SAN DIEGO COUNTY, Calif. — A judge decided Friday that Michael Martinez, a man classified as a sexually violent predator, will be allowed to move to a home in Borrego Springs.
The order means Michael Martinez, 69, will be relocated from Coalinga State Hospital to a home located at 3406 Running M Road, where he will be monitored via GPS and receive treatment.
CBS 8 spoke to County Supervisor Jim Desmond about why he’s frustrated with the lack of transparency.
"The home where Michael Martinez will be living is run by Liberty Health care. The courtroom was told in the early days that he will be under 24/7 GPS surveillance. He can go out in his yard and get his mail, but he can’t leave the property without a chaperone. The moment this sexually violent predator steps off the property, they will send in the appropriate means and measures," Desmond said.
Residents who live in the community say they are extremely concerned about what liberties he will now have living in the home and if they will be notified.
Martinez is classified as a sexually violent predator, a designation for those convicted of sexually violent offenses and diagnosed with a mental disorder that makes them likely to re-offend. After serving their prison sentences, SVPs may undergo treatment at state hospitals, but may also petition courts to continue treatment in supervised outpatient locations.
According to the San Diego County District Attorney's Office, Martinez was convicted in four separate cases between 1979 and 2004 for offenses that occurred in San Diego and Los Angeles counties and has been diagnosed with pedophilia and personality disorders. The crimes for which he was convicted include child molestation, annoying/molesting a child, lewd or lascivious acts upon a child under 14 and annoying a child under 18, according to the DA's office.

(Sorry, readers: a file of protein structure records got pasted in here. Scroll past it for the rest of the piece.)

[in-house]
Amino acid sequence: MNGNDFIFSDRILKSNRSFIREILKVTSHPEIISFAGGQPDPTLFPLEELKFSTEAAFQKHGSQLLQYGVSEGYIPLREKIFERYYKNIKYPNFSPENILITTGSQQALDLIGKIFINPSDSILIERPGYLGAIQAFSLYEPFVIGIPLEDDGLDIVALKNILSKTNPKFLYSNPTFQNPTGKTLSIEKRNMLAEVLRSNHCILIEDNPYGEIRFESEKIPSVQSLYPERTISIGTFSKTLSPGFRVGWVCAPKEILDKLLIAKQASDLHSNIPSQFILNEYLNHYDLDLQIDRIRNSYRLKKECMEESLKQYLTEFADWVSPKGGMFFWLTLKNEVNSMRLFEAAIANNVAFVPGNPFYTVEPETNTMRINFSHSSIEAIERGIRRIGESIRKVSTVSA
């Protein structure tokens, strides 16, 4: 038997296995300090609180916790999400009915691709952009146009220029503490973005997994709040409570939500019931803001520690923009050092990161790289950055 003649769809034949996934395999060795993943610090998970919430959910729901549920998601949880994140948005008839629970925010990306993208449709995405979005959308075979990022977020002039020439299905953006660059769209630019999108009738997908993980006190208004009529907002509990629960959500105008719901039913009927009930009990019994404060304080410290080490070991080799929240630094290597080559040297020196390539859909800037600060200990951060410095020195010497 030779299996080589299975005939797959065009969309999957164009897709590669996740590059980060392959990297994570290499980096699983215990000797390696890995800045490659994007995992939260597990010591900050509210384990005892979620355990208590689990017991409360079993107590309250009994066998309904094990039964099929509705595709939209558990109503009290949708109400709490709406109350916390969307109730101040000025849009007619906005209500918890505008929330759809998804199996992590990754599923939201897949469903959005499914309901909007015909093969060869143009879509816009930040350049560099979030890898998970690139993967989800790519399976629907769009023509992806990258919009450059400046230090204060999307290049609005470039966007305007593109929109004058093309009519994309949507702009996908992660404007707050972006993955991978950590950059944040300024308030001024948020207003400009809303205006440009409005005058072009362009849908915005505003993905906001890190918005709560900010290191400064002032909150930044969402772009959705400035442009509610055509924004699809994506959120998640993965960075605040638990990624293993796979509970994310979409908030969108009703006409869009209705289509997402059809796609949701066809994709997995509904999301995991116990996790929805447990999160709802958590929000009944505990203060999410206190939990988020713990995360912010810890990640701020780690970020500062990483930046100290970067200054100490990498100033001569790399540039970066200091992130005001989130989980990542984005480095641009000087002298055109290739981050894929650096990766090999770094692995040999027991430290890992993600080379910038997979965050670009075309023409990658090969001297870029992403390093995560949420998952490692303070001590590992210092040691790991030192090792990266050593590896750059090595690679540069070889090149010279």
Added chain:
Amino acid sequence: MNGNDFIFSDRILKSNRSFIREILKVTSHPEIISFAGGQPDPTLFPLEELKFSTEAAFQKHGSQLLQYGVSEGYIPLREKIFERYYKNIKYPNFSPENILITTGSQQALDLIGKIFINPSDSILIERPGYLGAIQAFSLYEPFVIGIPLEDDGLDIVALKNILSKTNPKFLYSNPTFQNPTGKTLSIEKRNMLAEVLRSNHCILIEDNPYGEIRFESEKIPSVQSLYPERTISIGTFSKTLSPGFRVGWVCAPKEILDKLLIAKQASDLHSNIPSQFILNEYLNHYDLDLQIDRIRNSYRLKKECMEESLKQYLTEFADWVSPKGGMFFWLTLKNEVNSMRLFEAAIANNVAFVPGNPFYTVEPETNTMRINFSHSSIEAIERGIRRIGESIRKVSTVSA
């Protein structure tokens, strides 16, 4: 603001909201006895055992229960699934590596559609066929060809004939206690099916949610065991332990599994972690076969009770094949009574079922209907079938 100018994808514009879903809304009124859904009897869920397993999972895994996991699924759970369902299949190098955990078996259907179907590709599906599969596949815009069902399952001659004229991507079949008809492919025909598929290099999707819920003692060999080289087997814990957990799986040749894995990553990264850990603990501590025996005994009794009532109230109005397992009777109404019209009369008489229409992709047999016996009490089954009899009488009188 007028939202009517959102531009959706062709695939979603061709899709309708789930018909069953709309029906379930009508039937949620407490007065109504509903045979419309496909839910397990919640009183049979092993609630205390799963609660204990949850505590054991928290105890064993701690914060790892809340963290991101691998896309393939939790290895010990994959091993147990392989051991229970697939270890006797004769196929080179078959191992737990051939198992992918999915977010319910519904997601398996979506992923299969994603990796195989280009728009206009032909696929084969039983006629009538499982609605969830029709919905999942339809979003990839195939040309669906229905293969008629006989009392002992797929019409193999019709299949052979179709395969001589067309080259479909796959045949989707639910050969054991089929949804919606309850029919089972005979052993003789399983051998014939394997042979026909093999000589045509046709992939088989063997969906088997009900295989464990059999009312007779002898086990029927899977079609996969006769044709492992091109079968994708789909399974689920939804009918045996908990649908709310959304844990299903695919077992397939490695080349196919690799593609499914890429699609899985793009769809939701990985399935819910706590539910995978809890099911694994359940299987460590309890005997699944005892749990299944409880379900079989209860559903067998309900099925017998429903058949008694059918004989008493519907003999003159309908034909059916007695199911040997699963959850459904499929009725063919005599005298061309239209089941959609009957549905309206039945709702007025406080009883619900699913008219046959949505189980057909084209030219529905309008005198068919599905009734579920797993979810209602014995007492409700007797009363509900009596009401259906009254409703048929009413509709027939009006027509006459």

San Diego Superior Court Judge David M. Gill, who heard fervent opposition from elected officials and Borrego Springs residents at a prior hearing, visited the property and neighborhood in July. Gill also heard testimony from clinicians and others earlier this year, and approved Martinez's return to the community at the conclusion of that hearing.
Gill said at that hearing that Martinez's conditional release was "supported by all the information I have" and said he was "impressed" with the work of Liberty Healthcare, the agency contracted to operate the conditional release program for SVPs.
Alan Stillman, executive director for Liberty Healthcare, said 55 SVPs have been released over the past two decades, none of whom have re-offended in the program's 19-year history.
At Friday's hearing, the judge originally ordered Martinez' move in date for the beginning of September, but that was moved to September 24.
WATCH RELATED: Judge allows placement of sexually violent predator in Borrego Springs home